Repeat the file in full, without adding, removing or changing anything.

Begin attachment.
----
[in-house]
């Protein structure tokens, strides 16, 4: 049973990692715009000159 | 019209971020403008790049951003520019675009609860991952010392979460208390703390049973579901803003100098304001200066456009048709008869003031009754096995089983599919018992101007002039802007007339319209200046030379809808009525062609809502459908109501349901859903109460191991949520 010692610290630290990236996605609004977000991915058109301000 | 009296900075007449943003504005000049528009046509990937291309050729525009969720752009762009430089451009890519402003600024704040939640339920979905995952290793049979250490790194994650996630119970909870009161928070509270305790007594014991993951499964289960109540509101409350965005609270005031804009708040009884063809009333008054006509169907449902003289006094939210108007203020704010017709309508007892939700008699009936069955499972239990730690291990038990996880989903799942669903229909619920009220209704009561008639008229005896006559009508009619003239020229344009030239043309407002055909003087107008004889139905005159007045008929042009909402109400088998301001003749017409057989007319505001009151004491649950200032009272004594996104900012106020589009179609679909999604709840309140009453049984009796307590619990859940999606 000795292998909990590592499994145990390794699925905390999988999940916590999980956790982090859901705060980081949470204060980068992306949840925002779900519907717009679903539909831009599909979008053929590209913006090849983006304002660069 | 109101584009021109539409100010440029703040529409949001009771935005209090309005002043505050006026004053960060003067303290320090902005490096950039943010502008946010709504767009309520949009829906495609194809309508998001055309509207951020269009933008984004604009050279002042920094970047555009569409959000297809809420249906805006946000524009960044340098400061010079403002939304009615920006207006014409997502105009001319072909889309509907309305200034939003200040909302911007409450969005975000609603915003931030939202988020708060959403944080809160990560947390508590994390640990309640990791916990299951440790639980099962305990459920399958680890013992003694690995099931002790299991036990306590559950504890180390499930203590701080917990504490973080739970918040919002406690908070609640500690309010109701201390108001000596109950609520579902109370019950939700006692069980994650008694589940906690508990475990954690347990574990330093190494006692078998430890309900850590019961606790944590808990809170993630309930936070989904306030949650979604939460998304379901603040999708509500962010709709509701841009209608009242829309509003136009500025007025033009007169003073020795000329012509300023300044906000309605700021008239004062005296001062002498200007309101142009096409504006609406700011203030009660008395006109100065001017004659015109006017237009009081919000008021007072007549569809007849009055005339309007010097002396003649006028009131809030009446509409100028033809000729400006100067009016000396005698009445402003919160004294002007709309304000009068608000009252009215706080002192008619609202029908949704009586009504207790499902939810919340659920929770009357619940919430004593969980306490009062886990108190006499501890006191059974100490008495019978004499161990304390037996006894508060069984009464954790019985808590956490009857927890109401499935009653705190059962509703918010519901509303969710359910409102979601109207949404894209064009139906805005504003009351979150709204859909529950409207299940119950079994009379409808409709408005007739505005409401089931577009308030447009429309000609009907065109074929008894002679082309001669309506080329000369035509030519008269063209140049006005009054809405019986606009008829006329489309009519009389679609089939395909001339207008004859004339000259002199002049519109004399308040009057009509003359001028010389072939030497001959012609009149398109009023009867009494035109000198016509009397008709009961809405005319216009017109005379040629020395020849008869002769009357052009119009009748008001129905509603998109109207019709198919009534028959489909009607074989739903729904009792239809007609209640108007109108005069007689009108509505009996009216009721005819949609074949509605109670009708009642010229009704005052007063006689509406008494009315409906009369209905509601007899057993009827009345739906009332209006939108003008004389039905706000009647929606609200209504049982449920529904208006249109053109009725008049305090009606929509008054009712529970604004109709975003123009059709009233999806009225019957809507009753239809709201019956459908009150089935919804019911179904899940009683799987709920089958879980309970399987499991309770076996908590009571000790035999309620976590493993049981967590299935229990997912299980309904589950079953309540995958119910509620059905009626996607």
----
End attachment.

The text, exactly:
[in-house]
């Protein structure tokens, strides 16, 4: 049973990692715009000159 | 019209971020403008790049951003520019675009609860991952010392979460208390703390049973579901803003100098304001200066456009048709008869003031009754096995089983599919018992101007002039802007007339319209200046030379809808009525062609809502459908109501349901859903109460191991949520 010692610290630290990236996605609004977000991915058109301000 | 009296900075007449943003504005000049528009046509990937291309050729525009969720752009762009430089451009890519402003600024704040939640339920979905995952290793049979250490790194994650996630119970909870009161928070509270305790007594014991993951499964289960109540509101409350965005609270005031804009708040009884063809009333008054006509169907449902003289006094939210108007203020704010017709309508007892939700008699009936069955499972239990730690291990038990996880989903799942669903229909619920009220209704009561008639008229005896006559009508009619003239020229344009030239043309407002055909003087107008004889139905005159007045008929042009909402109400088998301001003749017409057989007319505001009151004491649950200032009272004594996104900012106020589009179609679909999604709840309140009453049984009796307590619990859940999606 000795292998909990590592499994145990390794699925905390999988999940916590999980956790982090859901705060980081949470204060980068992306949840925002779900519907717009679903539909831009599909979008053929590209913006090849983006304002660069 | 109101584009021109539409100010440029703040529409949001009771935005209090309005002043505050006026004053960060003067303290320090902005490096950039943010502008946010709504767009309520949009829906495609194809309508998001055309509207951020269009933008984004604009050279002042920094970047555009569409959000297809809420249906805006946000524009960044340098400061010079403002939304009615920006207006014409997502105009001319072909889309509907309305200034939003200040909302911007409450969005975000609603915003931030939202988020708060959403944080809160990560947390508590994390640990309640990791916990299951440790639980099962305990459920399958680890013992003694690995099931002790299991036990306590559950504890180390499930203590701080917990504490973080739970918040919002406690908070609640500690309010109701201390108001000596109950609520579902109370019950939700006692069980994650008694589940906690508990475990954690347990574990330093190494006692078998430890309900850590019961606790944590808990809170993630309930936070989904306030949650979604939460998304379901603040999708509500962010709709509701841009209608009242829309509003136009500025007025033009007169003073020795000329012509300023300044906000309605700021008239004062005296001062002498200007309101142009096409504006609406700011203030009660008395006109100065001017004659015109006017237009009081919000008021007072007549569809007849009055005339309007010097002396003649006028009131809030009446509409100028033809000729400006100067009016000396005698009445402003919160004294002007709309304000009068608000009252009215706080002192008619609202029908949704009586009504207790499902939810919340659920929770009357619940919430004593969980306490009062886990108190006499501890006191059974100490008495019978004499161990304390037996006894508060069984009464954790019985808590956490009857927890109401499935009653705190059962509703918010519901509303969710359910409102979601109207949404894209064009139906805005504003009351979150709204859909529950409207299940119950079994009379409808409709408005007739505005409401089931577009308030447009429309000609009907065109074929008894002679082309001669309506080329000369035509030519008269063209140049006005009054809405019986606009008829006329489309009519009389679609089939395909001339207008004859004339000259002199002049519109004399308040009057009509003359001028010389072939030497001959012609009149398109009023009867009494035109000198016509009397008709009961809405005319216009017109005379040629020395020849008869002769009357052009119009009748008001129905509603998109109207019709198919009534028959489909009607074989739903729904009792239809007609209640108007109108005069007689009108509505009996009216009721005819949609074949509605109670009708009642010229009704005052007063006689509406008494009315409906009369209905509601007899057993009827009345739906009332209006939108003008004389039905706000009647929606609200209504049982449920529904208006249109053109009725008049305090009606929509008054009712529970604004109709975003123009059709009233999806009225019957809507009753239809709201019956459908009150089935919804019911179904899940009683799987709920089958879980309970399987499991309770076996908590009571000790035999309620976590493993049981967590299935229990997912299980309904589950079953309540995958119910509620059905009626996607």